New results from a multicentre study of Abbott’s BurstDR stimulation show that lower-energy, intermittent doses of BurstDR stimulation—known as “microdosing”—can provide pain relief that is just as effective as standard doses of BurstDR stimulation in people with chronic intractable pain.
The BurstDR micrOdosing stimuLation in De-novo patients (BOLD) study, presented at the 22nd Annual North American Neuromodulation Society meeting (NANS; 17–20 January, 2019), shows a potential way to prolong the battery life of a patient’s spinal cord stimulation (SCS) device while offering optimal pain relief. The research may also provide a path toward ensuring lower-maintenance recharge-free SCS devices offer similar battery longevity as rechargeable SCS systems, which carry a higher burden for patients.
In a separate study called BURST(able), also presented at NANS 2019, data showed that patients who no longer received effective pain relief from their SCS therapy experienced restored pain control and reduced opioid dependency when they switched to an Abbott device offering the BurstDR waveform. Loss of pain relief is the most common cause for patients seeking an explant of their SCS system, and combatting this loss of efficacy addresses one of the key problems seen in long-term SCS therapy.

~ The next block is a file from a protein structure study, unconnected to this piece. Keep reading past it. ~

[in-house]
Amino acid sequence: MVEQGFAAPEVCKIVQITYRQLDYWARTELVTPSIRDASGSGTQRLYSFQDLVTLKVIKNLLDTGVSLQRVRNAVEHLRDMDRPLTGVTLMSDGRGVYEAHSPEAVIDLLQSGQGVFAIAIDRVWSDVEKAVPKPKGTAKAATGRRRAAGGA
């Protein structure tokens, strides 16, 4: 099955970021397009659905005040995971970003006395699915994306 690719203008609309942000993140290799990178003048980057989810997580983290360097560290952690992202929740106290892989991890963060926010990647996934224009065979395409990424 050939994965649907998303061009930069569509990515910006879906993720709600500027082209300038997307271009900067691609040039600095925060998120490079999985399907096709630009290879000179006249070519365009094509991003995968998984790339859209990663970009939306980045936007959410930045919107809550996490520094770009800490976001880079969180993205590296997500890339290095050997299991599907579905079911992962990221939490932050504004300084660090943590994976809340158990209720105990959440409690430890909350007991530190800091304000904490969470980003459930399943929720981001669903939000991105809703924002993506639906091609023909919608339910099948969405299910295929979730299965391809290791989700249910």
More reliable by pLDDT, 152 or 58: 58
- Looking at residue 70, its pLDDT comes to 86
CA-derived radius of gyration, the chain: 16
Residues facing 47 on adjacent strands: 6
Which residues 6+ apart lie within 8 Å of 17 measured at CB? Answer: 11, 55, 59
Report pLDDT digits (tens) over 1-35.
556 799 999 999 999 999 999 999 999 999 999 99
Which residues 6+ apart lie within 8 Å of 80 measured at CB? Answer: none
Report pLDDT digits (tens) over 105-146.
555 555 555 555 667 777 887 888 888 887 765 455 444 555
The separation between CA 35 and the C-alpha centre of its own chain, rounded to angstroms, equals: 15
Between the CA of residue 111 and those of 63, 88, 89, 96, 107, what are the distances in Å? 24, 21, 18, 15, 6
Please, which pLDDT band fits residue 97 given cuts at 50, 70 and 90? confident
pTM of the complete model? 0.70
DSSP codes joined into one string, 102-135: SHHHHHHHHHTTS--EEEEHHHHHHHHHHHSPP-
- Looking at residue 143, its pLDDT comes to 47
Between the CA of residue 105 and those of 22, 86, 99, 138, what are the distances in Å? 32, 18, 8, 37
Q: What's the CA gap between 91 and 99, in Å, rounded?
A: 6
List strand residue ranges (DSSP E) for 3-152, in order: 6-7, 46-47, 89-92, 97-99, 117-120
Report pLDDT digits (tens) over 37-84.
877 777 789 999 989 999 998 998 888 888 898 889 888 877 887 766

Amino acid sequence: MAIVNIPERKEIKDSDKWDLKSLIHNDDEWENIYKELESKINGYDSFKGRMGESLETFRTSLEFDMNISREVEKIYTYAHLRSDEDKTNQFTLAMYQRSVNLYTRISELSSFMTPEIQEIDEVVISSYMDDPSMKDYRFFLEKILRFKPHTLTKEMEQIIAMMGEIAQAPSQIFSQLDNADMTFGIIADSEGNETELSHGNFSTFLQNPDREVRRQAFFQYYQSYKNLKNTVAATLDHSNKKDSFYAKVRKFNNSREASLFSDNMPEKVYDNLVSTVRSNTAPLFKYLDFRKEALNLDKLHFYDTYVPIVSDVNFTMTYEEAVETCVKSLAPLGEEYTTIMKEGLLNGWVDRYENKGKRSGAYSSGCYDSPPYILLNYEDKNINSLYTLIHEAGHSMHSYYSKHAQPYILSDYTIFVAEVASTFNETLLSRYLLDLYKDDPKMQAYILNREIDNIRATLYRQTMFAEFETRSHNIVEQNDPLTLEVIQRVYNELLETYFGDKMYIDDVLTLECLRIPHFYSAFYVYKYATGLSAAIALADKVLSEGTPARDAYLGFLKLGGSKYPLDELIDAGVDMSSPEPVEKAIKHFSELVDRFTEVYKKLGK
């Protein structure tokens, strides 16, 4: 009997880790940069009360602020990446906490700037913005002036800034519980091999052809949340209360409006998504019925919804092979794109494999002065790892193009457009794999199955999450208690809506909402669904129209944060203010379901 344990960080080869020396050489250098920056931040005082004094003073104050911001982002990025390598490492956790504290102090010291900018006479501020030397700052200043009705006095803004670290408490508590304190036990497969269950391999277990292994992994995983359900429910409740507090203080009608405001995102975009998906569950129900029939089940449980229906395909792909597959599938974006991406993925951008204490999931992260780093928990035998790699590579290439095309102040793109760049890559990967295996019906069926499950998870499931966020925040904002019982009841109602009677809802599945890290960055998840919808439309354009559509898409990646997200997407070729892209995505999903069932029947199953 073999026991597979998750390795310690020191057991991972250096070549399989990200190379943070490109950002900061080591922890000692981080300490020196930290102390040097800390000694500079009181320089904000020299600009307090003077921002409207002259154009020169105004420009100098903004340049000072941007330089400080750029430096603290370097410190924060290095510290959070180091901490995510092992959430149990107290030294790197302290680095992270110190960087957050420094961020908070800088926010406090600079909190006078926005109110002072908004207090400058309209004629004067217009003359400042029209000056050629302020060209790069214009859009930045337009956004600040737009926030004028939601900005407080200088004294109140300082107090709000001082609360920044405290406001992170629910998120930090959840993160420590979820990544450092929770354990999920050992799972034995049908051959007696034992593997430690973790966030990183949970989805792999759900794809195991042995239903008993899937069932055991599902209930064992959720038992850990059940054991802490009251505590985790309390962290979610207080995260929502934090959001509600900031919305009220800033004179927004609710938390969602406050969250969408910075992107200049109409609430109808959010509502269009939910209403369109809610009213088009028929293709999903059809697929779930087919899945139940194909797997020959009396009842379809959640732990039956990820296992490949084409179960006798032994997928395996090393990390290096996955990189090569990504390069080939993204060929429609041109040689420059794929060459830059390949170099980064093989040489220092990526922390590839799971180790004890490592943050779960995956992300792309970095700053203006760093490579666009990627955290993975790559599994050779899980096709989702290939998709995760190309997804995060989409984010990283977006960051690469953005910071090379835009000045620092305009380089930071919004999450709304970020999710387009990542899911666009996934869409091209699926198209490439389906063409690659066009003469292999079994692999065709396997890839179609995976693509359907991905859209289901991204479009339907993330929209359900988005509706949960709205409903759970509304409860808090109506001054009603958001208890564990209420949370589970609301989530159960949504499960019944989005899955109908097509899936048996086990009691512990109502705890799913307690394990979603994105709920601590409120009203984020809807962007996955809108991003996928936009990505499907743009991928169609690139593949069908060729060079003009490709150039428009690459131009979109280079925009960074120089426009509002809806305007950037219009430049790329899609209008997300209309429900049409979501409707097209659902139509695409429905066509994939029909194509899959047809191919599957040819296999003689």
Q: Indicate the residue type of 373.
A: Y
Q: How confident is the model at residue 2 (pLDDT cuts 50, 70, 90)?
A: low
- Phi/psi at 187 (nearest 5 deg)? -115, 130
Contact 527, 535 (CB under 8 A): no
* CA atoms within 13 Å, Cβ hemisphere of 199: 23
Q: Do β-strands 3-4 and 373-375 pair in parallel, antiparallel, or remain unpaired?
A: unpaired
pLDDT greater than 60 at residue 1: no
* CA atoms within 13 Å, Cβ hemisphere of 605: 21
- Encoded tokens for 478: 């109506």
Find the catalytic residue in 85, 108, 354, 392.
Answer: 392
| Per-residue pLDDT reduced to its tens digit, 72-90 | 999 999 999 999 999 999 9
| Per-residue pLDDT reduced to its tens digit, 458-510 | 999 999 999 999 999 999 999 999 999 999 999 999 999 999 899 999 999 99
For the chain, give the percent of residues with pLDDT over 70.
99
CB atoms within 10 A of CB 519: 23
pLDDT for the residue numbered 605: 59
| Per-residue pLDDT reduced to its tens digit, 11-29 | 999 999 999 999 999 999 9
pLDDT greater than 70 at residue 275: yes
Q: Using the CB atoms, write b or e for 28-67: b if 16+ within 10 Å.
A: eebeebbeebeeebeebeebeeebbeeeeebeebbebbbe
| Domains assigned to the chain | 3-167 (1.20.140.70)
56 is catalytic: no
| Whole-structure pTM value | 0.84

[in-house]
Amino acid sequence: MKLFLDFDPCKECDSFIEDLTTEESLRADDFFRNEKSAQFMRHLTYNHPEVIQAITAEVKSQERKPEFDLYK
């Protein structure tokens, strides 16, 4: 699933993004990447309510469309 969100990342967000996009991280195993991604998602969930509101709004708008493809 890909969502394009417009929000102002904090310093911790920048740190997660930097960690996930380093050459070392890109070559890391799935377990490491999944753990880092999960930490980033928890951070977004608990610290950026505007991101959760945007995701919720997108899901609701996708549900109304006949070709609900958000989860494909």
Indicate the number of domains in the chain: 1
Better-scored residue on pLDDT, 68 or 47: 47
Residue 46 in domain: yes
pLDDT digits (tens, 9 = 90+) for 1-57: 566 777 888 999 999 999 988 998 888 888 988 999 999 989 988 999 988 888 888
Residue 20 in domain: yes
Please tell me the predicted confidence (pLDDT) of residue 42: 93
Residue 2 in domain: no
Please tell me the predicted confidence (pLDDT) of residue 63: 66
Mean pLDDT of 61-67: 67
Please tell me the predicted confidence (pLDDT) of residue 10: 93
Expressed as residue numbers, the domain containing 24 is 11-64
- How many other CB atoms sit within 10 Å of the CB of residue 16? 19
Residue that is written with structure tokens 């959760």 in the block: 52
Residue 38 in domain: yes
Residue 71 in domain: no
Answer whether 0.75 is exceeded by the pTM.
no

Approximately 1.5 billion people around the world are affected by chronic pain. SCS delivers a low-voltage electrical current through the spine to block the sensation of pain and offers an important alternative to opioid therapy. While traditional SCS systems produce therapeutic waveforms that are delivered at a consistent frequency and charge, Abbott’s BurstDR stimulation works differently from other stimulation devices, utilising proprietary technology to produce intermittent pulses—or bursts—designed to mimic the body’s natural nerve impulse patterns. Abbott is the only company approved to offer BurstDR stimulation to patients in the USA and international markets.
The (BOLD) study differentiates BurstDR stimulation from all other forms of stimulation in the ability to have proven effectiveness at low doses. Forty patients enrolled in the study started with a trial period using “microdosed” BurstDR stimulation before moving to an implanted device if they achieved at least a 50% reduction in pain. Physicians then determined the lowest effective dose of BurstDR stimulation that still delivered equivalent or improved pain relief compared to the patient’s trial. Results from the study showed that 100% of patients experienced pain relief with less than six hours of battery use per day; and 43% of patients achieved pain relief with less than 2 hours of battery use per day.
A non-industry sponsored, retrospective, multicentre study, BURST(able) evaluated patients who had experienced a loss of pain relief from their non-Abbott SCS systems and switched to an Abbott device offering BurstDR waveform. Following the surgical replacement of their new system, patients who had experienced minimal pain relief (24–26%) from competitive SCS systems reported a 60–70% reduction in their pain; and a 41–52% reduction in their opiate consumption.